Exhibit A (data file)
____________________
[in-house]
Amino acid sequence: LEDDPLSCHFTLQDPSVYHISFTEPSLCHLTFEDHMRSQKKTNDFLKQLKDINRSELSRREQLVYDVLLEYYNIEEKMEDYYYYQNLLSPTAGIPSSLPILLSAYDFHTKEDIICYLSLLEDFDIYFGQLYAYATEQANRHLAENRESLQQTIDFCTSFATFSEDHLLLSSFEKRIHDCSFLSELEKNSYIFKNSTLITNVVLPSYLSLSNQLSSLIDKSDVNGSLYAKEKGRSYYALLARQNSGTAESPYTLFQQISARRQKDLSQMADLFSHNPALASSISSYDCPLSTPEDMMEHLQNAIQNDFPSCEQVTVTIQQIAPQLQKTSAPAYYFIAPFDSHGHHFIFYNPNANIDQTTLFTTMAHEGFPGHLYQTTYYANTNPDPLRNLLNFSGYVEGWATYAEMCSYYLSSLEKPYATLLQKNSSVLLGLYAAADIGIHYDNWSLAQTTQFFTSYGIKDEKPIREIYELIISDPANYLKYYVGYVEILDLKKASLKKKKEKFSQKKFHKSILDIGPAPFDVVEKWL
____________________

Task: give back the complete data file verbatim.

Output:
[in-house]
Amino acid sequence: LEDDPLSCHFTLQDPSVYHISFTEPSLCHLTFEDHMRSQKKTNDFLKQLKDINRSELSRREQLVYDVLLEYYNIEEKMEDYYYYQNLLSPTAGIPSSLPILLSAYDFHTKEDIICYLSLLEDFDIYFGQLYAYATEQANRHLAENRESLQQTIDFCTSFATFSEDHLLLSSFEKRIHDCSFLSELEKNSYIFKNSTLITNVVLPSYLSLSNQLSSLIDKSDVNGSLYAKEKGRSYYALLARQNSGTAESPYTLFQQISARRQKDLSQMADLFSHNPALASSISSYDCPLSTPEDMMEHLQNAIQNDFPSCEQVTVTIQQIAPQLQKTSAPAYYFIAPFDSHGHHFIFYNPNANIDQTTLFTTMAHEGFPGHLYQTTYYANTNPDPLRNLLNFSGYVEGWATYAEMCSYYLSSLEKPYATLLQKNSSVLLGLYAAADIGIHYDNWSLAQTTQFFTSYGIKDEKPIREIYELIISDPANYLKYYVGYVEILDLKKASLKKKKEKFSQKKFHKSILDIGPAPFDVVEKWL